The power of Kyle Buckingham


South African Kyle Buckingham was the fastest age grouper in Kona in 2013 and returned this year as a Pro to this big race. Many folks wonder what it would be like, and Kyle actually experienced it. Here now is a power data comparison of those 2 events courtesy of Training Peaks and Andrew Johnson – Power Analyst and Content Manager for TrainingPeaks.

Buckingham exited the water in the second pack, but surrounded by a good group that included Sebastian Kienle, Luke McKenzie and others. The first 12k loop in town is where the pro men typically go full gas in order to shake things up. However, many pros, including second place Ben Hoffman, felt that this year that wasn’t the case so much. Still, there is a difference in Buckingham’s efforts. In 2013, his 1 minute power of 348 watts was set going up Palani Road. This year, he hit 347 watts during the climb up Palani, but that was not even close to his peak 1 minute power peak of 432 which was set further down the road. Additionally, his Variability Index ® (VI®), which measure how steady the power output was, was 1.03 last year as compared to 1.05 this year. This may not seem like much, but the more time spent in the red zone the greater the physiological cost, which can haunt you down the road.

In the vicinity of the sport’s best cyclist like Kienle and another German powerhouse Maik Twelsiek, he worked to stay with the two but found the accelerations to be very difficult. “It was crazy,” Buckingham said after the race. “We would be going along and then I’d look down and 340 watts or more. They would just accelerate and go.” Again, the VI clearly illustrates Buckingham’s version with a VI of 1.01 (nearly perfectly smooth) in 2013 against 1.04 in 2014.

These accelerations were a bit more than Buckingham could take. “I was behind Twelsiek and I was looking down and seeing 360 watts,” he said. “I closed the gap but then they went again and I couldn’t close it down.” His peak 1, 2, 5, 6, and 10 minute values were all set between the 34 and 44km mark. All of those values were higher by about 20 watts, continuing the trend of hard accelerations that punish the legs.

After letting the group go, Buckingham did the smart thing and paced his own effort. Much of his values from this point on are actually lower in 2014 then they were in 2013. For instance, last year he averaged 283W up Hawi and this year he went up at an average of 279W. This is still a strong effort after handling some tough accelerations earlier. However, looking at the numbers from riders like Ben Hoffman and Frederik Van Lierde, to be near the front you need to be closer to 300W.

The descent is another critical point in the race. It is here that many key splits happen and if you are not in the right spot or simply can’t hold on, any hope of a win or podium can end here. For Buckingham, he was down almost 20 watts from last year. While the wind was certainly different this year from last, the numbers from the top riders were not. After climbing Hawi, you have to still be putting out 260 or more watts- there is no resting on the descent.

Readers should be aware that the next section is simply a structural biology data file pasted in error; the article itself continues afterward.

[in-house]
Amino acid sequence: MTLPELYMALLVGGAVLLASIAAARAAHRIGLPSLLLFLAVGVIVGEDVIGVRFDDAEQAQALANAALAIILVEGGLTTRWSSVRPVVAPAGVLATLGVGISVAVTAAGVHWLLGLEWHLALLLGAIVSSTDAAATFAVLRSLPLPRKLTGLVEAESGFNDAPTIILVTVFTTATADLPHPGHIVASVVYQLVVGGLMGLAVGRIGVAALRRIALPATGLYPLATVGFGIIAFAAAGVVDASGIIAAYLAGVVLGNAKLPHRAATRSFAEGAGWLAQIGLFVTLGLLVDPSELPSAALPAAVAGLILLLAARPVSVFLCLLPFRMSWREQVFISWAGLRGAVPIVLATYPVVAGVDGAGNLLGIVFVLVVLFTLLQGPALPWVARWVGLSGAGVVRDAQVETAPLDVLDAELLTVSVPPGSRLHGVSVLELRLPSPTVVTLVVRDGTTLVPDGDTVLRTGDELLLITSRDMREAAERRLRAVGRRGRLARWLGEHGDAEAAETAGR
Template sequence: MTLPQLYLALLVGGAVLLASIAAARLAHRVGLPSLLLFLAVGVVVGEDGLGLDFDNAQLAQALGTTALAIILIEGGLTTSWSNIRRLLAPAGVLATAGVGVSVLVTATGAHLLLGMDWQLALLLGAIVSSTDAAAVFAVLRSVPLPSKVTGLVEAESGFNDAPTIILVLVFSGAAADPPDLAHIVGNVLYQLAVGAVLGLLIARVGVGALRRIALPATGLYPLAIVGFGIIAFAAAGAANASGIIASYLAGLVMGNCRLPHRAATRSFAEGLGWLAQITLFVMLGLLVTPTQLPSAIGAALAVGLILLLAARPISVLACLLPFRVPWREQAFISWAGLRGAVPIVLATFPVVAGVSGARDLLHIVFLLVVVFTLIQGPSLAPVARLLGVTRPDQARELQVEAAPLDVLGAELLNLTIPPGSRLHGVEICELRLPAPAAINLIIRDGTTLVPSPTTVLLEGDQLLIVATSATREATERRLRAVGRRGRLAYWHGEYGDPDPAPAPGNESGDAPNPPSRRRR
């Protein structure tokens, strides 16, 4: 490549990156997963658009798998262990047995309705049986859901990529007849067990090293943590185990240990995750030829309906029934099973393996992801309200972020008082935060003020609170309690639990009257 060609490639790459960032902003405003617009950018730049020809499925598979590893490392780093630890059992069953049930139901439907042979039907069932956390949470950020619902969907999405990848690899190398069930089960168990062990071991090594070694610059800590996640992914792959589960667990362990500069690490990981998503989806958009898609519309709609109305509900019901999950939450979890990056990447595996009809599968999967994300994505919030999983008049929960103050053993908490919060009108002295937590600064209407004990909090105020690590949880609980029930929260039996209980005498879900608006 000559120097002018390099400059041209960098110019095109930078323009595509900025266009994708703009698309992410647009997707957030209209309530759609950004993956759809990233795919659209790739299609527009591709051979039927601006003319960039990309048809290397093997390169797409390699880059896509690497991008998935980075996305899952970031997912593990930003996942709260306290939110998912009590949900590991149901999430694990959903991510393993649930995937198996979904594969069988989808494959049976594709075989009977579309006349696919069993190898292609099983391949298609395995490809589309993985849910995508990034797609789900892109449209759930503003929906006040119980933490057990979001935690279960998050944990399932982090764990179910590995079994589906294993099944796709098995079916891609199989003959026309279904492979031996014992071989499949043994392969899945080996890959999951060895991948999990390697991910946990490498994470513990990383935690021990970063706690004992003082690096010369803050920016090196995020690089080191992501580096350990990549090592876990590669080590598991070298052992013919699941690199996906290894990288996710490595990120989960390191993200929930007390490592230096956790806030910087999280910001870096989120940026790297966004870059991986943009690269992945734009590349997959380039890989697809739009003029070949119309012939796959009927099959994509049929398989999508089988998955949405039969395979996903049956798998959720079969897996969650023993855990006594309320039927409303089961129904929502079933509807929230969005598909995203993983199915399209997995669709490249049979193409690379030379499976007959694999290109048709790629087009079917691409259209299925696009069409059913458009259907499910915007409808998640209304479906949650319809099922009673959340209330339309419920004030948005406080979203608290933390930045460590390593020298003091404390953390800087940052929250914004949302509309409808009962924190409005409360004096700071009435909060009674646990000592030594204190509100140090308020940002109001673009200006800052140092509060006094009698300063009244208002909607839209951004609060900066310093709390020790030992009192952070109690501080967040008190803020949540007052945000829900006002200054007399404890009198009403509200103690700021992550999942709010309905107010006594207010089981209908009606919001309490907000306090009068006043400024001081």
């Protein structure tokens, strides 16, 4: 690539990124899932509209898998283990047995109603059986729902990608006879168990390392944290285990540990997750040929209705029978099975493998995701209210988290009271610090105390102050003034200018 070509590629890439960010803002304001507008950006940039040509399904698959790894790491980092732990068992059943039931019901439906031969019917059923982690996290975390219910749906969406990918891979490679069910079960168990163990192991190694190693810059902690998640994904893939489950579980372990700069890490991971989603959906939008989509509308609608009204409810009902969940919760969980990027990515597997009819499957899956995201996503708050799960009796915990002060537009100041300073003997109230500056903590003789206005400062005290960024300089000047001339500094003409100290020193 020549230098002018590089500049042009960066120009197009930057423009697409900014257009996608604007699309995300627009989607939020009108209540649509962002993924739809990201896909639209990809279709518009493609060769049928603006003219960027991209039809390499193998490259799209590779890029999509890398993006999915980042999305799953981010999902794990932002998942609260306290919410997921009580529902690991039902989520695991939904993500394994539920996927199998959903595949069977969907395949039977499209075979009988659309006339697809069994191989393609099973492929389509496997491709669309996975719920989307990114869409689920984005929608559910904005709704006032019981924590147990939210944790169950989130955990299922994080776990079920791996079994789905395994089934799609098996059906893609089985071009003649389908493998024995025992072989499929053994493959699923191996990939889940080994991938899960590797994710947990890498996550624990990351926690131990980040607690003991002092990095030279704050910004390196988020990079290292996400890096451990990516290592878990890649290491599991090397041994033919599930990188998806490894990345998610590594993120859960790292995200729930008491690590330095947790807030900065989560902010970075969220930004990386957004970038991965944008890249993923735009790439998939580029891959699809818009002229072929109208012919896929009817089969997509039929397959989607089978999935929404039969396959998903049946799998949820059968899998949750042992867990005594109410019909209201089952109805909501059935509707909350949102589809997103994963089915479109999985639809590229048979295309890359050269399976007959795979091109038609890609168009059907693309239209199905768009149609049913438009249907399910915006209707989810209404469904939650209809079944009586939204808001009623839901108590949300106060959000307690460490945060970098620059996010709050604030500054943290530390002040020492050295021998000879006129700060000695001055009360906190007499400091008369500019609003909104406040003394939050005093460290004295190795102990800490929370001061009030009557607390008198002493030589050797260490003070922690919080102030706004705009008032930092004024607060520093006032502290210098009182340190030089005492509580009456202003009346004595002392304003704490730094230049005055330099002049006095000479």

Headed back in, the same trend continues. Lower watts, 245W compared to 256W, and a higher VI, 1.01 compared to 1.03. The toll of early accelerations crept up on Buckingham, as it did for many top pro men.

Finally, looking at the time he spent in each power zone tells the same story. In 2013, Buckingham spent much of his time in zone 3, 48 percent in all. This year, that was down to 31 percent. His time in zone 2 is equal, 34 percent over both years. The big telling point is the time spent in zones 4 and 5. Buckingham spent only 9 percent of his time in zone 4 last year while this year that was up to 13 percent. Zone 5 had only 1 percent last year and this year that was up to 4 percent. While that doesn’t seem like much, that 5 percent of time spent above threshold is all it takes to drain the legs.

This is another illustration of how different it is to race against the pro men in Kona rather than other age groupers. The best way for an age grouper to put out their best effort is by steady pacing. However, to competitive in Kona, you have to be able to surge above threshold and recover at threshold.

For a first time pro race in Kona, Buckingham had a great result, placing 25th overall. Kona is a race unlike any other, with the unique conditions and incredible depth of talent, getting it right on race day is a new puzzle every time. No doubt that Buckingham will learn from this race and prepare himself for what he now knows is a different type of racing than he sees anywhere else.

His power data from 2013.

And the power data from 2014 also courtesy of Training Peaks.
The complete power data of Kyle Buckingham from 2013 can be seen here and his 2014 numbers can be viewed right here.
Written by: Herbert Krabel and received article from